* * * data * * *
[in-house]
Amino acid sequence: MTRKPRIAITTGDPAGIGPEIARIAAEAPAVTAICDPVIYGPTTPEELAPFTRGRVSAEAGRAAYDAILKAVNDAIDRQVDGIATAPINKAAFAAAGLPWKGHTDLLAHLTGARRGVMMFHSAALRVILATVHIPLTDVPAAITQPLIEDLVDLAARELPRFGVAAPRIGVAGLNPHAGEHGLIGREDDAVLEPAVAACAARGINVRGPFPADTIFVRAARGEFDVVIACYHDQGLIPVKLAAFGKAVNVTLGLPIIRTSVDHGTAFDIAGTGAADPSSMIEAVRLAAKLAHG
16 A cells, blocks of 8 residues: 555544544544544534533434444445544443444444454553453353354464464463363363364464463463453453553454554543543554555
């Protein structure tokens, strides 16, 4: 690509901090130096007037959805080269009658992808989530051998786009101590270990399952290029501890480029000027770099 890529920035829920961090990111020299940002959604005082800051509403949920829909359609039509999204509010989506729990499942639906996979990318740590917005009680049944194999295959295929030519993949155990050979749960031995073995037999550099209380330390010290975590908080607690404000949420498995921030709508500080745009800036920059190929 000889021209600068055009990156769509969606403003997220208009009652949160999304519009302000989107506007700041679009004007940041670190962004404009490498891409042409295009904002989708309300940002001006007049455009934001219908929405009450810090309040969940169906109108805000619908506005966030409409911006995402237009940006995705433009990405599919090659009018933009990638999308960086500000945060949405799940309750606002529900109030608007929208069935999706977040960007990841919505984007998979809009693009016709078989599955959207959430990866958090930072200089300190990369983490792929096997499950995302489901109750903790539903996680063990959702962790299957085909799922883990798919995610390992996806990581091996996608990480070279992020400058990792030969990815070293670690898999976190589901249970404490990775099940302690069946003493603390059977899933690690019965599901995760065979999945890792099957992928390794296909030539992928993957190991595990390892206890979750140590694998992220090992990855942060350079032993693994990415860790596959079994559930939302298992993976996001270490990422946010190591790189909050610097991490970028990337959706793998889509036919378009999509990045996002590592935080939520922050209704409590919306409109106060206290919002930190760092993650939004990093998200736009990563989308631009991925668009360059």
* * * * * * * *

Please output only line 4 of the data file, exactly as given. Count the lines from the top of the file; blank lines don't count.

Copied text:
């Protein structure tokens, strides 16, 4: 690509901090130096007037959805080269009658992808989530051998786009101590270990399952290029501890480029000027770099 890529920035829920961090990111020299940002959604005082800051509403949920829909359609039509999204509010989506729990499942639906996979990318740590917005009680049944194999295959295929030519993949155990050979749960031995073995037999550099209380330390010290975590908080607690404000949420498995921030709508500080745009800036920059190929 000889021209600068055009990156769509969606403003997220208009009652949160999304519009302000989107506007700041679009004007940041670190962004404009490498891409042409295009904002989708309300940002001006007049455009934001219908929405009450810090309040969940169906109108805000619908506005966030409409911006995402237009940006995705433009990405599919090659009018933009990638999308960086500000945060949405799940309750606002529900109030608007929208069935999706977040960007990841919505984007998979809009693009016709078989599955959207959430990866958090930072200089300190990369983490792929096997499950995302489901109750903790539903996680063990959702962790299957085909799922883990798919995610390992996806990581091996996608990480070279992020400058990792030969990815070293670690898999976190589901249970404490990775099940302690069946003493603390059977899933690690019965599901995760065979999945890792099957992928390794296909030539992928993957190991595990390892206890979750140590694998992220090992990855942060350079032993693994990415860790596959079994559930939302298992993976996001270490990422946010190591790189909050610097991490970028990337959706793998889509036919378009999509990045996002590592935080939520922050209704409590919306409109106060206290919002930190760092993650939004990093998200736009990563989308631009991925668009360059």